Creek Fire (4)

The fires have been massive. Flames were out of control from the Thomas Fire in Ventura County, the Skirball Fire, Ojai  The Creek Fire in  Sylmar, and at one point a fire broke out in Orange and Riverside Counties. As the fires grew, flames grew close to he Getty Museum and Mayor Eric Garcetti proclaimed a local state of emergency.

Firefighters from various agencies and regions worked to contain the fires.  Helicopters and Superscoopers dropped water from the air. The stubborn, wind-driven Creek brush fire that raged through the hills above Sylmar threatened thousands of homes continued spreading by press time today with more than 100,000 residents remaining under evacuation orders.

The blaze, which broke out at 3:42 a.m. on Tuesday, Dec. 5, in the area of Gold Creek and Little Tujunga roads in the Kagel Canyon area, was estimated at 14,000 acres by midday Wednesday. More than 900 firefighters were working to extinguish the fire, which was still zero percent contained.

The fires have posed very challenging days for those on the ground fighting the blaze and of course, heartbreaking for residents whose houses burned to the ground.While grateful that they were safe,  they were devastated they no longer had a home.

It was equally painful for owners who lost the businesses and livelihoods. Many ranchers living in rural areas lost their much loved horses.

“I just remodeled my house, and I love my neighborhood and neighbors. This is so sad and I’m just trying to process all of this,” said one man, who watched a neighbor’s house burn while he used a garden hose to water his roof. 

Fire officials point out that fire season is all year long, anytime the wind kicks up. “Even the smallest fire can grow in a instant,” said Brian Humphrey, LAFD spokesperson.

Humphrey said investigators will be looking into the question that many asked: How did these fires get started? He pointed out that it doesn’t take much for fires to get started and even referenced a story, not related to these fires,  where people were using a blowtorch to kill spiders in their attic.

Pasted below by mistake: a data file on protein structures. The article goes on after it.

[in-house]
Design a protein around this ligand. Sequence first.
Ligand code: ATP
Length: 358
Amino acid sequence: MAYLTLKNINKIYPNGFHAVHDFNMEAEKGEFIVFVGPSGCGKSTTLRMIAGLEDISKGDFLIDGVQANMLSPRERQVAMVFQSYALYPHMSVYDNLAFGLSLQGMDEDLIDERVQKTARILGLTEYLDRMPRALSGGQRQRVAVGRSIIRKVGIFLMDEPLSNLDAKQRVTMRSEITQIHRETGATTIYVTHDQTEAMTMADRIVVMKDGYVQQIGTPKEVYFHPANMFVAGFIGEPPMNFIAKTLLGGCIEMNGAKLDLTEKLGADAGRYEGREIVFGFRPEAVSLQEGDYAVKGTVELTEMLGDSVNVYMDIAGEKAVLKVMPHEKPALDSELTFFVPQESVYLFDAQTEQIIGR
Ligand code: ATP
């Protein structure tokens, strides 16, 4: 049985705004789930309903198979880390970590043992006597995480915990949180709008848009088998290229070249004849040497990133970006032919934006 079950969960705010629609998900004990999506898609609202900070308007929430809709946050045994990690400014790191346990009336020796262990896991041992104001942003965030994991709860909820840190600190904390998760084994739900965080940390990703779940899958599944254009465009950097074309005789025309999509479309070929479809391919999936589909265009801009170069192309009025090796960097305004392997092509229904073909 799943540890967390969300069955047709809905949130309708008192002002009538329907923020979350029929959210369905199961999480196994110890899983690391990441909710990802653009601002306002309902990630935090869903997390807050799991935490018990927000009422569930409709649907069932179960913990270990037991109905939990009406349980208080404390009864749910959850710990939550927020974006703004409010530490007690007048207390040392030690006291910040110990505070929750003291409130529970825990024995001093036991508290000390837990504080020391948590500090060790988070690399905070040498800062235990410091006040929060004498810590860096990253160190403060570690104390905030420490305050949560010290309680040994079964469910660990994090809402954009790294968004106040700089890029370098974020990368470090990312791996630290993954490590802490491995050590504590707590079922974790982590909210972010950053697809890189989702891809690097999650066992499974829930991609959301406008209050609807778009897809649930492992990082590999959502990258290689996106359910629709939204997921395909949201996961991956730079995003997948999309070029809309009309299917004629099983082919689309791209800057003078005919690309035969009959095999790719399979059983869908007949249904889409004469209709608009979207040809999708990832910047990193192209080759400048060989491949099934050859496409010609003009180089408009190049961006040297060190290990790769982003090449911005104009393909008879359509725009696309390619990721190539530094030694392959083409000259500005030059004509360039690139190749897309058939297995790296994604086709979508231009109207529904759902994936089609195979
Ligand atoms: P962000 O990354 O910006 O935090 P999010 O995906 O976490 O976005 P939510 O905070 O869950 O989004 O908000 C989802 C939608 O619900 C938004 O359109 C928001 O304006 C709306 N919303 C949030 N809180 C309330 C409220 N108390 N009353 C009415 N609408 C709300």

Fire officials told residents to always be in a prepared mode to be “proactive not reactive.”

It was recommended that important papers and other crucial items be ready to pick up and go if you are ever asked to quickly evacuate your home.  

In the Creek Fire above Sylmar, three firefighters were injured Tuesday, and were hospitalized in stable condition.  At least 30 homes were destroyed, about 20 of them in the Little Tujunga, Kagel Canyon and Lopez Canyon areas. The other 10 homes were within Los Angeles city limits, according to Margaret Stewart of the Los Angeles Fire Department.

Los Angeles Mayor Eric Garcetti said Tuesday evacuation orders were affecting about 150,000 residents, but a Los Angeles Fire Department spokeswoman put the number at around 120,000. Police said the evacuation order could remain in place through Thursday afternoon.

An estimated 2,500 structures were threatened at one point, according to the U.S. Forest Service, which was fighting the blaze in a unified command with the Los Angeles city and county fire departments.

LAFD Chief Ralph Terrazas warned that the battle was likely to continue until at least Friday. The LAPD was placed on a citywide tactical alert, which allows commanders maximum flexibility in deploying resources.

As the fire burned on Tuesday, the Foothill (210) Freeway was closed in both directions between the Golden State (5) Freeway and the Glendale (2) Freeway, but the freeway had been reopened by Wednesday afternoon, according to the California Highway Patrol.

As the fire expanded and jumped south of the Foothill Freeway on Tuesday, so did the mandatory evacuation area. Evacuations were initially ordered in the area north of the Foothill Freeway from Glenoaks Boulevard on the west to the border with La Crescenta on the east.

But by early Tuesday afternoon, the eastern boundary of the evacuation area had been expanded to the Haynes Canyon area. And an area south of the Foothill Freeway was ordered evacuated in Shadow Hills between Sunland Boulevard to the south, Wentworth Street to the north and Tuxford Street to the west, officials said.

Seventeen evacuation centers were opened throughout the San Fernando Valley, and all were accepting evacuees and pets. The fire also forced a mass evacuation of large animals, primarily horses but also others such as alpacas. Many of the animals were being housed at Pierce College, which was at capacity Wednesday afternoon and not accepting additional animals.

Other sites remain open.

Horses and other large animals can be brought to the Antelope Valley Fairgrounds at 2551 W. Avenue H, in Lancaster. For details, call (661) 948-6060. The Expo Center at 16200 Temple Ave. in Industry was also providing stables for horses.

Dogs, cats and small pets can be brought to these locations:


— Sylmar Recreation Center, 13109 Borden Avenue, in Sylmar;

— West Valley Animal Shelter, 20655 Plummer St., Los Angeles; and

— East Valley Animal Shelter, 14409 Vanowen St., Los Angeles.